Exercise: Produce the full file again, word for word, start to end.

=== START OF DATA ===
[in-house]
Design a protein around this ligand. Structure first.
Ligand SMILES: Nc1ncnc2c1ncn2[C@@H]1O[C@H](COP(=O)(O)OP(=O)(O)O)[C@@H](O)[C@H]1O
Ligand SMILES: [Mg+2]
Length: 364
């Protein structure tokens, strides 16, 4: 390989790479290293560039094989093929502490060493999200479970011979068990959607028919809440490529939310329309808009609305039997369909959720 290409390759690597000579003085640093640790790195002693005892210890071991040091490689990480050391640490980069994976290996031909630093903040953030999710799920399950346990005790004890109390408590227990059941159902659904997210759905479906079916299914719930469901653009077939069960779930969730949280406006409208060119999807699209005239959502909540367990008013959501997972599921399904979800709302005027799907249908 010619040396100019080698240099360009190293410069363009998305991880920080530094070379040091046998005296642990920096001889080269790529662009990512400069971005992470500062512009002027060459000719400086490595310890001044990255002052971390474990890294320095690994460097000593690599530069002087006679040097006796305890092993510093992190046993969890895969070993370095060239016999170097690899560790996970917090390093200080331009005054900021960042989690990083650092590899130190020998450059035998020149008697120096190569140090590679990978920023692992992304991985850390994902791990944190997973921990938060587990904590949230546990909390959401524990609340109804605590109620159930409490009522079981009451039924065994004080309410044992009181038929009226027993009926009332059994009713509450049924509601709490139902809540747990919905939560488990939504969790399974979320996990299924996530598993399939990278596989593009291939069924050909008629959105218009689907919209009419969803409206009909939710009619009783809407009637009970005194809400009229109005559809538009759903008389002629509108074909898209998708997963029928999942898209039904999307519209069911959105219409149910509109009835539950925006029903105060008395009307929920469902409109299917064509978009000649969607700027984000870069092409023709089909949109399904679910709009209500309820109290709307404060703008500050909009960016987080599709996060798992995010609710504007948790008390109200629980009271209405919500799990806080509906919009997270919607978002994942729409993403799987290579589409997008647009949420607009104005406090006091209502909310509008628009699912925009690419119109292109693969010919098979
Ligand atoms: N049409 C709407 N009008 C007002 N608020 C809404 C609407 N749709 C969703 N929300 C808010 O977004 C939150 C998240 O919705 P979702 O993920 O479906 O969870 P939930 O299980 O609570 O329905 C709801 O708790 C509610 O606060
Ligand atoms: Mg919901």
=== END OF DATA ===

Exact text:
[in-house]
Design a protein around this ligand. Structure first.
Ligand SMILES: Nc1ncnc2c1ncn2[C@@H]1O[C@H](COP(=O)(O)OP(=O)(O)O)[C@@H](O)[C@H]1O
Ligand SMILES: [Mg+2]
Length: 364
């Protein structure tokens, strides 16, 4: 390989790479290293560039094989093929502490060493999200479970011979068990959607028919809440490529939310329309808009609305039997369909959720 290409390759690597000579003085640093640790790195002693005892210890071991040091490689990480050391640490980069994976290996031909630093903040953030999710799920399950346990005790004890109390408590227990059941159902659904997210759905479906079916299914719930469901653009077939069960779930969730949280406006409208060119999807699209005239959502909540367990008013959501997972599921399904979800709302005027799907249908 010619040396100019080698240099360009190293410069363009998305991880920080530094070379040091046998005296642990920096001889080269790529662009990512400069971005992470500062512009002027060459000719400086490595310890001044990255002052971390474990890294320095690994460097000593690599530069002087006679040097006796305890092993510093992190046993969890895969070993370095060239016999170097690899560790996970917090390093200080331009005054900021960042989690990083650092590899130190020998450059035998020149008697120096190569140090590679990978920023692992992304991985850390994902791990944190997973921990938060587990904590949230546990909390959401524990609340109804605590109620159930409490009522079981009451039924065994004080309410044992009181038929009226027993009926009332059994009713509450049924509601709490139902809540747990919905939560488990939504969790399974979320996990299924996530598993399939990278596989593009291939069924050909008629959105218009689907919209009419969803409206009909939710009619009783809407009637009970005194809400009229109005559809538009759903008389002629509108074909898209998708997963029928999942898209039904999307519209069911959105219409149910509109009835539950925006029903105060008395009307929920469902409109299917064509978009000649969607700027984000870069092409023709089909949109399904679910709009209500309820109290709307404060703008500050909009960016987080599709996060798992995010609710504007948790008390109200629980009271209405919500799990806080509906919009997270919607978002994942729409993403799987290579589409997008647009949420607009104005406090006091209502909310509008628009699912925009690419119109292109693969010919098979
Ligand atoms: N049409 C709407 N009008 C007002 N608020 C809404 C609407 N749709 C969703 N929300 C808010 O977004 C939150 C998240 O919705 P979702 O993920 O479906 O969870 P939930 O299980 O609570 O329905 C709801 O708790 C509610 O606060
Ligand atoms: Mg919901």